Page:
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A signpost by the Cannonball River points to water protectors’ places of origin: more than 200 indigenous nations from the U.S., Canada, Latin America and South America, plus innumerable non-native supporters.

They were met with a massive military force – armored vehicles, tanks, sound cannons – and a pro-DAPL sniper shot a video drone out of the sky to eliminate documentation of the event. Later that evening, Linda Black Elk, tribal coordinator of the Standing Rock Medic and Healer Council, told me that the state’s forces “have seriously lost their minds.”

That is as much as I know at this time. I have seen no new news so far today.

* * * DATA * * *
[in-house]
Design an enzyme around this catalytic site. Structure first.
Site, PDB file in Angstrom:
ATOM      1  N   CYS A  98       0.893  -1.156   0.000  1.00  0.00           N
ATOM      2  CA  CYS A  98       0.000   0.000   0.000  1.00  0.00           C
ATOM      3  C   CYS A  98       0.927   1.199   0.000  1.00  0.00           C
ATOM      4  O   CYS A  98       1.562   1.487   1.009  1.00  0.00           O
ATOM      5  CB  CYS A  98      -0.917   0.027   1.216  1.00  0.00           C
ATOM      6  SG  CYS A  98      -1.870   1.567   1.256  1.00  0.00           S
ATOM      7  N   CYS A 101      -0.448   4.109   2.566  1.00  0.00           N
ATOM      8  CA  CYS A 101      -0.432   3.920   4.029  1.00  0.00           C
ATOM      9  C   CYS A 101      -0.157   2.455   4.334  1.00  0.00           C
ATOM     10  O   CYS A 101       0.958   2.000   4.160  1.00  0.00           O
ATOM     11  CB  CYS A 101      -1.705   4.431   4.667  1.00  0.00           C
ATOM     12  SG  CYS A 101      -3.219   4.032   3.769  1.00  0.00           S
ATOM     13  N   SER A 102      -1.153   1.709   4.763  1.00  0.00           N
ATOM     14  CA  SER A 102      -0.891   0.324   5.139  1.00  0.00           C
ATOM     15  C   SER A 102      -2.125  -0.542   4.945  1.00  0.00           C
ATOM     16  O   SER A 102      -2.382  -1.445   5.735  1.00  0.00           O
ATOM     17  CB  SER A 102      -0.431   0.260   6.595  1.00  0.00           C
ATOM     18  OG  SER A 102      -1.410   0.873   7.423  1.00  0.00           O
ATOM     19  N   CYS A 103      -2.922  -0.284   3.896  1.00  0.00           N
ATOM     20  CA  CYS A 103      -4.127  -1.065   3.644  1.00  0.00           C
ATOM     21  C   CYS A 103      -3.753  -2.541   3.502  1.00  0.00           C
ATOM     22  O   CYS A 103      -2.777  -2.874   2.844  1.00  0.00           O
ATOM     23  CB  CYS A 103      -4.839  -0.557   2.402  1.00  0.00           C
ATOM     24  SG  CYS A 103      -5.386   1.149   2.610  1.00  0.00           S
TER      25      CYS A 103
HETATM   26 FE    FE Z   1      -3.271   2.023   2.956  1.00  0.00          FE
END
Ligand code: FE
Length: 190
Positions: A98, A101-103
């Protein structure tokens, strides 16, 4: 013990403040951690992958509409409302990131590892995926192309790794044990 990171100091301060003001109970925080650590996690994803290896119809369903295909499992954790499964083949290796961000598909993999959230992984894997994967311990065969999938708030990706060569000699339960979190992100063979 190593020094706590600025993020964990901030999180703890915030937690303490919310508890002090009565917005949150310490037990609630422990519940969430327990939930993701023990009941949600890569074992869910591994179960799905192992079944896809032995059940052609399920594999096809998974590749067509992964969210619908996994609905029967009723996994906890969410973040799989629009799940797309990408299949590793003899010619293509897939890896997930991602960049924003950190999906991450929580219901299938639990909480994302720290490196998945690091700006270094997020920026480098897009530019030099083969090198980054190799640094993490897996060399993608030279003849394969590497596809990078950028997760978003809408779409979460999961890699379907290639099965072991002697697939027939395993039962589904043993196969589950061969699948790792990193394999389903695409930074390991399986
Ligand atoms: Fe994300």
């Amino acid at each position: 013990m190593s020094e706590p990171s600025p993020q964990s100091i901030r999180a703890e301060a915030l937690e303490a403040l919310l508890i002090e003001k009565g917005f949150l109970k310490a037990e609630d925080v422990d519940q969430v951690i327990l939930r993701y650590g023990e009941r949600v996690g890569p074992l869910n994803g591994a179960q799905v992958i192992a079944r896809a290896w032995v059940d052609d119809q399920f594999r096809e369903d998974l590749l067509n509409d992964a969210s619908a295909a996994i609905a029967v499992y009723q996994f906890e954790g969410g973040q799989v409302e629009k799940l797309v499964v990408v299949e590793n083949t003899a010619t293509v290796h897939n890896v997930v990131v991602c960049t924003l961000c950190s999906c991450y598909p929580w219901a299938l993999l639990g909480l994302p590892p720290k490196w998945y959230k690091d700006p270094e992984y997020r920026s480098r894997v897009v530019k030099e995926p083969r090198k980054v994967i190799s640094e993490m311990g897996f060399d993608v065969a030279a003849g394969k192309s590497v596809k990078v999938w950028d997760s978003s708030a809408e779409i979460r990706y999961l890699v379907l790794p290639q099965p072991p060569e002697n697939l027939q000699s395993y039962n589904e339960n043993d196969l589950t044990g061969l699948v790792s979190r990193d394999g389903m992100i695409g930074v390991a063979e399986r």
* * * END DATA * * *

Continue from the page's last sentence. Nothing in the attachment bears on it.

There were warnings even before I left that something was in the works. The police patrols on Rt. 1806 past the camp and in the air were increasing in frequency. People coming into camp reported seeing police and military vehicles massing at points alongside the highway. At the communal tables in the dining tent, front-line activists spoke of seeing others arrested, passing time with Amy Goodman (who had stopped briefly at Oceti Sakowin before proceeding to her hearing for alleged rioting while doing her job as a journalist, recording dogs set on unarmed water protectors a month before; the rioting charge was ultimately thrown out in court). The consensus: the Bill of Rights was being shredded, with freedom of expression, freedom of assembly, and freedom of the press in tatters. And when would Obama step in?